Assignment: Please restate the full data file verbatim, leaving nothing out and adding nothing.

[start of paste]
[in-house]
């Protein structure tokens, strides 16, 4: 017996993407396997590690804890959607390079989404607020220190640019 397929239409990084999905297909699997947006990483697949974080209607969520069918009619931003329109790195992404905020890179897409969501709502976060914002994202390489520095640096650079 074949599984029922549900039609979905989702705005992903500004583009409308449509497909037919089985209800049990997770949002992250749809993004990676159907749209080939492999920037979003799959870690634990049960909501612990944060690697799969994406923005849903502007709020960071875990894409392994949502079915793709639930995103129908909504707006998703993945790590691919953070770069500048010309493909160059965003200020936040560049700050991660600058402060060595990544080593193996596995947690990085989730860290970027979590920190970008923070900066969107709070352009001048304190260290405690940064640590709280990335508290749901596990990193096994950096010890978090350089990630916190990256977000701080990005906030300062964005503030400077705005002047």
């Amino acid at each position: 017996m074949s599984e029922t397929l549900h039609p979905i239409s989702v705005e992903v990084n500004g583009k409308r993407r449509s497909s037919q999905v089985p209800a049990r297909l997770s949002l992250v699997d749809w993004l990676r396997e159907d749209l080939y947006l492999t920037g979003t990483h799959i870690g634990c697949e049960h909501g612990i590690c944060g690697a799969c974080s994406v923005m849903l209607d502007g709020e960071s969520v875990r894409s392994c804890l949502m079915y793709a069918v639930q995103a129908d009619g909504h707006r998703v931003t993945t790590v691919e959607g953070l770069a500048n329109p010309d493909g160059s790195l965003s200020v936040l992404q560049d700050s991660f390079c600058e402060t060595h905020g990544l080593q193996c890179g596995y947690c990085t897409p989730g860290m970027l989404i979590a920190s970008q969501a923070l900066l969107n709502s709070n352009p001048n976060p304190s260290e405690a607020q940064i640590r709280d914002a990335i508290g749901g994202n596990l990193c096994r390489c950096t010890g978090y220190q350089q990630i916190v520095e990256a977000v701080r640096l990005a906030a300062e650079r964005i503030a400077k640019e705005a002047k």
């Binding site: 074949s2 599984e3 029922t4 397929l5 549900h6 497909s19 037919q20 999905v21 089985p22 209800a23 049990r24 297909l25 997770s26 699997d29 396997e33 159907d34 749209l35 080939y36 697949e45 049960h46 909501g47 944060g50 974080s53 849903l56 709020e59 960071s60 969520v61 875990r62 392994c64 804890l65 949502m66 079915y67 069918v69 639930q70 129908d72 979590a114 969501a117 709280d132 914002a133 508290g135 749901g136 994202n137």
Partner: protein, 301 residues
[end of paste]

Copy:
[in-house]
């Protein structure tokens, strides 16, 4: 017996993407396997590690804890959607390079989404607020220190640019 397929239409990084999905297909699997947006990483697949974080209607969520069918009619931003329109790195992404905020890179897409969501709502976060914002994202390489520095640096650079 074949599984029922549900039609979905989702705005992903500004583009409308449509497909037919089985209800049990997770949002992250749809993004990676159907749209080939492999920037979003799959870690634990049960909501612990944060690697799969994406923005849903502007709020960071875990894409392994949502079915793709639930995103129908909504707006998703993945790590691919953070770069500048010309493909160059965003200020936040560049700050991660600058402060060595990544080593193996596995947690990085989730860290970027979590920190970008923070900066969107709070352009001048304190260290405690940064640590709280990335508290749901596990990193096994950096010890978090350089990630916190990256977000701080990005906030300062964005503030400077705005002047």
């Amino acid at each position: 017996m074949s599984e029922t397929l549900h039609p979905i239409s989702v705005e992903v990084n500004g583009k409308r993407r449509s497909s037919q999905v089985p209800a049990r297909l997770s949002l992250v699997d749809w993004l990676r396997e159907d749209l080939y947006l492999t920037g979003t990483h799959i870690g634990c697949e049960h909501g612990i590690c944060g690697a799969c974080s994406v923005m849903l209607d502007g709020e960071s969520v875990r894409s392994c804890l949502m079915y793709a069918v639930q995103a129908d009619g909504h707006r998703v931003t993945t790590v691919e959607g953070l770069a500048n329109p010309d493909g160059s790195l965003s200020v936040l992404q560049d700050s991660f390079c600058e402060t060595h905020g990544l080593q193996c890179g596995y947690c990085t897409p989730g860290m970027l989404i979590a920190s970008q969501a923070l900066l969107n709502s709070n352009p001048n976060p304190s260290e405690a607020q940064i640590r709280d914002a990335i508290g749901g994202n596990l990193c096994r390489c950096t010890g978090y220190q350089q990630i916190v520095e990256a977000v701080r640096l990005a906030a300062e650079r964005i503030a400077k640019e705005a002047k």
């Binding site: 074949s2 599984e3 029922t4 397929l5 549900h6 497909s19 037919q20 999905v21 089985p22 209800a23 049990r24 297909l25 997770s26 699997d29 396997e33 159907d34 749209l35 080939y36 697949e45 049960h46 909501g47 944060g50 974080s53 849903l56 709020e59 960071s60 969520v61 875990r62 392994c64 804890l65 949502m66 079915y67 069918v69 639930q70 129908d72 979590a114 969501a117 709280d132 914002a133 508290g135 749901g136 994202n137």
Partner: protein, 301 residues